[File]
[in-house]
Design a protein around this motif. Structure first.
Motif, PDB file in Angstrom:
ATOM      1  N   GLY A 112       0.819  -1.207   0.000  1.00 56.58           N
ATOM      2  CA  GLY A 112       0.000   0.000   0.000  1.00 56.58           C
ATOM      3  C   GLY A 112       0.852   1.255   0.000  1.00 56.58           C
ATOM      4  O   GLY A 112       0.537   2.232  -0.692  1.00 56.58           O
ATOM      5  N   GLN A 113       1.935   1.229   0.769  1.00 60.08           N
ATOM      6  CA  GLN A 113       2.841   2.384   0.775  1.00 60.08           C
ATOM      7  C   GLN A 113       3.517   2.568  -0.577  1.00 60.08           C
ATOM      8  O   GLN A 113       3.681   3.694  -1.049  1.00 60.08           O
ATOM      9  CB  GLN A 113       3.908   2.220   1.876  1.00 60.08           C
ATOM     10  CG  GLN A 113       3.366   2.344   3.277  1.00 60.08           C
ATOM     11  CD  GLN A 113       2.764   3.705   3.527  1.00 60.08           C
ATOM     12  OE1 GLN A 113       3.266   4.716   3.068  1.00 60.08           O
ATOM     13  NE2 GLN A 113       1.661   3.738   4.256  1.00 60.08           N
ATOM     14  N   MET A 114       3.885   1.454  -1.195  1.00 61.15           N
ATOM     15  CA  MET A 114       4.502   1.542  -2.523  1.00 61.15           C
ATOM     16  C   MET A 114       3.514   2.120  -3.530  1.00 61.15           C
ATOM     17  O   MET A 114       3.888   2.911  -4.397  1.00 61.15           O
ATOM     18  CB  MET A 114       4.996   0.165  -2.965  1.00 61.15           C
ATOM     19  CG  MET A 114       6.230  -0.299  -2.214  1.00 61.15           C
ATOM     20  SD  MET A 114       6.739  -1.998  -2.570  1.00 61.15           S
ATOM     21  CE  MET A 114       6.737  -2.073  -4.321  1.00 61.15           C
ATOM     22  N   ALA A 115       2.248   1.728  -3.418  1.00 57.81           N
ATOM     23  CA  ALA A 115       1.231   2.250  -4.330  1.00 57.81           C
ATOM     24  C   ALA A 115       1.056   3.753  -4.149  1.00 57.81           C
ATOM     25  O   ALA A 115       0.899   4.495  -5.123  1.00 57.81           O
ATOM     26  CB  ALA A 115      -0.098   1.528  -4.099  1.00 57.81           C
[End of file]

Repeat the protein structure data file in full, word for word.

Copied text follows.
[in-house]
Design a protein around this motif. Structure first.
Motif, PDB file in Angstrom:
ATOM      1  N   GLY A 112       0.819  -1.207   0.000  1.00 56.58           N
ATOM      2  CA  GLY A 112       0.000   0.000   0.000  1.00 56.58           C
ATOM      3  C   GLY A 112       0.852   1.255   0.000  1.00 56.58           C
ATOM      4  O   GLY A 112       0.537   2.232  -0.692  1.00 56.58           O
ATOM      5  N   GLN A 113       1.935   1.229   0.769  1.00 60.08           N
ATOM      6  CA  GLN A 113       2.841   2.384   0.775  1.00 60.08           C
ATOM      7  C   GLN A 113       3.517   2.568  -0.577  1.00 60.08           C
ATOM      8  O   GLN A 113       3.681   3.694  -1.049  1.00 60.08           O
ATOM      9  CB  GLN A 113       3.908   2.220   1.876  1.00 60.08           C
ATOM     10  CG  GLN A 113       3.366   2.344   3.277  1.00 60.08           C
ATOM     11  CD  GLN A 113       2.764   3.705   3.527  1.00 60.08           C
ATOM     12  OE1 GLN A 113       3.266   4.716   3.068  1.00 60.08           O
ATOM     13  NE2 GLN A 113       1.661   3.738   4.256  1.00 60.08           N
ATOM     14  N   MET A 114       3.885   1.454  -1.195  1.00 61.15           N
ATOM     15  CA  MET A 114       4.502   1.542  -2.523  1.00 61.15           C
ATOM     16  C   MET A 114       3.514   2.120  -3.530  1.00 61.15           C
ATOM     17  O   MET A 114       3.888   2.911  -4.397  1.00 61.15           O
ATOM     18  CB  MET A 114       4.996   0.165  -2.965  1.00 61.15           C
ATOM     19  CG  MET A 114       6.230  -0.299  -2.214  1.00 61.15           C
ATOM     20  SD  MET A 114       6.739  -1.998  -2.570  1.00 61.15           S
ATOM     21  CE  MET A 114       6.737  -2.073  -4.321  1.00 61.15           C
ATOM     22  N   ALA A 115       2.248   1.728  -3.418  1.00 57.81           N
ATOM     23  CA  ALA A 115       1.231   2.250  -4.330  1.00 57.81           C
ATOM     24  C   ALA A 115       1.056   3.753  -4.149  1.00 57.81           C
ATOM     25  O   ALA A 115       0.899   4.495  -5.123  1.00 57.81           O
ATOM     26  CB  ALA A 115      -0.098   1.528  -4.099  1.00 57.81           C